Will Pressure Make Chinese Aid More Transparent?

Mar 29, 2012

China: Will strong-arming the government to boost transparency - and aid efficacy - may hurt countries in need?

1220 Shut out of environmental impact assessments. PHOTO: Mike IvesStrong-arming China into transparency will lead to a “backlash” of even less transparency, he added. “They value their sovereignty more than most countries. They see it [as] inviolable.”

Still, said Christiansen, the group’s approach is credible because it does not require “changing what they [China] are actually doing, but about becoming more transparent on the approaches they are already taking.”

South-South rules

The country is increasing aid transparency at its own pace, say observers. On 1 December 2011, China publicly declared transparency a principle it upholds when it signed an agreement at the Fourth High Level Forum on Aid Effectiveness held in Busan, South Korea.

The word “transparency” appears four times in the document, which includes a pledge of “zero tolerance for all corrupt practices”. It also notes that “the nature, modalities and responsibilities that apply to South-South cooperation differ from those that apply to North-South cooperation”, and the complexity of “new actors”, who may still face poverty at home but want to share lessons and experiences along the way.

Unfavourable attention may have prompted China to become more public about its aid policy, said Wang. “The Chinese government does care about its international image and the international media.”

Even with the will to boost aid transparency, China still faces a “diplomatic dilemma” in enforcing it: to meet compliance both sides must be willing and able, and recipient countries with weak governments often have poor aid oversight.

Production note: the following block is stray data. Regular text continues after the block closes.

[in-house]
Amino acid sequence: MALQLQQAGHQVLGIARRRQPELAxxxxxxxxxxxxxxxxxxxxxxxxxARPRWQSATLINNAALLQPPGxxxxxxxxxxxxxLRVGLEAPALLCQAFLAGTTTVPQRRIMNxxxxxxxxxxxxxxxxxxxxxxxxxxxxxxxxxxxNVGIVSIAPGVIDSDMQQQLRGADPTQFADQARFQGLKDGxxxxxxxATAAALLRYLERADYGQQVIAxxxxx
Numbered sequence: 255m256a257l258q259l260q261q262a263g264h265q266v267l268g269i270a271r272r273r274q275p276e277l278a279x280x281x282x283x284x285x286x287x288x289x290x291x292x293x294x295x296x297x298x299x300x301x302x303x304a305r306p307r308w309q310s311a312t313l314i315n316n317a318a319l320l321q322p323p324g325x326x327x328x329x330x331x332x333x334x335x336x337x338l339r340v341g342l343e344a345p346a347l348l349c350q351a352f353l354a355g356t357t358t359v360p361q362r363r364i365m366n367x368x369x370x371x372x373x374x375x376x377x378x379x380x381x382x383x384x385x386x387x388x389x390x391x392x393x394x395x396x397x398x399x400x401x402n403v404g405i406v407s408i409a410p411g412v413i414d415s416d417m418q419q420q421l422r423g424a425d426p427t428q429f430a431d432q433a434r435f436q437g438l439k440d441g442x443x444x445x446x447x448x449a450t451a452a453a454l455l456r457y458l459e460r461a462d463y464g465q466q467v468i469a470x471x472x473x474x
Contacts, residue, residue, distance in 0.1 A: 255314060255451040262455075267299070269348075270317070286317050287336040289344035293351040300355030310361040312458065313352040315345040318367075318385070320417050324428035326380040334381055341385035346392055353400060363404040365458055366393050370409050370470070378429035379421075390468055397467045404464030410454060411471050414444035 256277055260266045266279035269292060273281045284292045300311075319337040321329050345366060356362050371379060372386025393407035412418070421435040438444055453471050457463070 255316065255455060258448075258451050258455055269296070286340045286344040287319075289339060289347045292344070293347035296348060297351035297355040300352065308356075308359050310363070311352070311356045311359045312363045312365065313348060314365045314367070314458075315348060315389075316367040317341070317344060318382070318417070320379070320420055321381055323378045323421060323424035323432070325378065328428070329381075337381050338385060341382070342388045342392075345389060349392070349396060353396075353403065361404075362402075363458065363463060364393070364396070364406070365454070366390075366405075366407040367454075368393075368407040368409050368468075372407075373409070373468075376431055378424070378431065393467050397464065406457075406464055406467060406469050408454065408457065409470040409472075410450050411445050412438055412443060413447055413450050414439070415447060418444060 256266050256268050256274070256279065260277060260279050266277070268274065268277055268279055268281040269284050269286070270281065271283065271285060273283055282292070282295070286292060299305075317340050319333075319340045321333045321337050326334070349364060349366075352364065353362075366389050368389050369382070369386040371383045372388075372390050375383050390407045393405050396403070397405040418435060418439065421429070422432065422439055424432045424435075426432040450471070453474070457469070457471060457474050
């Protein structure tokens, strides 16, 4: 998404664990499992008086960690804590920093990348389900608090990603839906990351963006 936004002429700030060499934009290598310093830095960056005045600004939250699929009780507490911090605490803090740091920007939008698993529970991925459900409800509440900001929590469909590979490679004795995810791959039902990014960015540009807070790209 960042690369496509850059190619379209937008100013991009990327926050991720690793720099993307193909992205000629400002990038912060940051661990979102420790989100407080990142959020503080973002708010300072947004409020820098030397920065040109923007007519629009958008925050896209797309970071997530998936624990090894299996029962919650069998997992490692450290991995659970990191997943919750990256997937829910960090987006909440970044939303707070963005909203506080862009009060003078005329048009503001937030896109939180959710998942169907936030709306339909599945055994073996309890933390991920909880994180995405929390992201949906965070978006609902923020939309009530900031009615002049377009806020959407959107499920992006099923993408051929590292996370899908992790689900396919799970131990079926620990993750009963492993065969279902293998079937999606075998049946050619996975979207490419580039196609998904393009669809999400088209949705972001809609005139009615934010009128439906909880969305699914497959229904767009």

“To carry out this principle [transparency] is not so easy in practice because it is influenced by circumstances of the governance structures of recipient countries and diplomacy, sometimes requiring some form of confidence,” Wang said.

Labelling the Chinese government as a “rogue donor” is disparaging and inaccurate, noted Germany-based researchers in their study of determinants of China’s aid in October 2011.

The researchers concluded that contrary to reigning perceptions of Chinese aid, the country is not a “rogue donor” - it disburses grants within national interests, as do other government donors.

Countries that do not recognize Taiwan as an independent country, and vote in line with China in the UN General Assembly, receive more aid, for example.

In 1950 during the Chinese Civil War a breakaway faction fled to Taiwan and established a separate government known as the Republic of China, but the People’s Republic of China on the mainland does not recognize the island state and continues to assert itself as the sole government over both the mainland and the island in what it calls the “One China” policy.

Criticism of aid transparency is not directed at China alone - Publish What You Fund lists the US Department of Treasury as “very poor” in aid transparency, with a ranking of 49 out of 58, only six slots above China - but China has further to go in aid governance than most, Joshua Kurlantzick, Southeast Asia fellow at the US-based Council on Foreign Relations, told IRIN.

Most US government agencies have an inspector general, strong requirements under the Freedom of Information Act, and “release most of what they do to Congress [parliament]. You can't say the same for China,” Kurlantzick said.

Ear commented: “China surely understands that its aid policy is a work in progress.”

This article was first published in IRIN.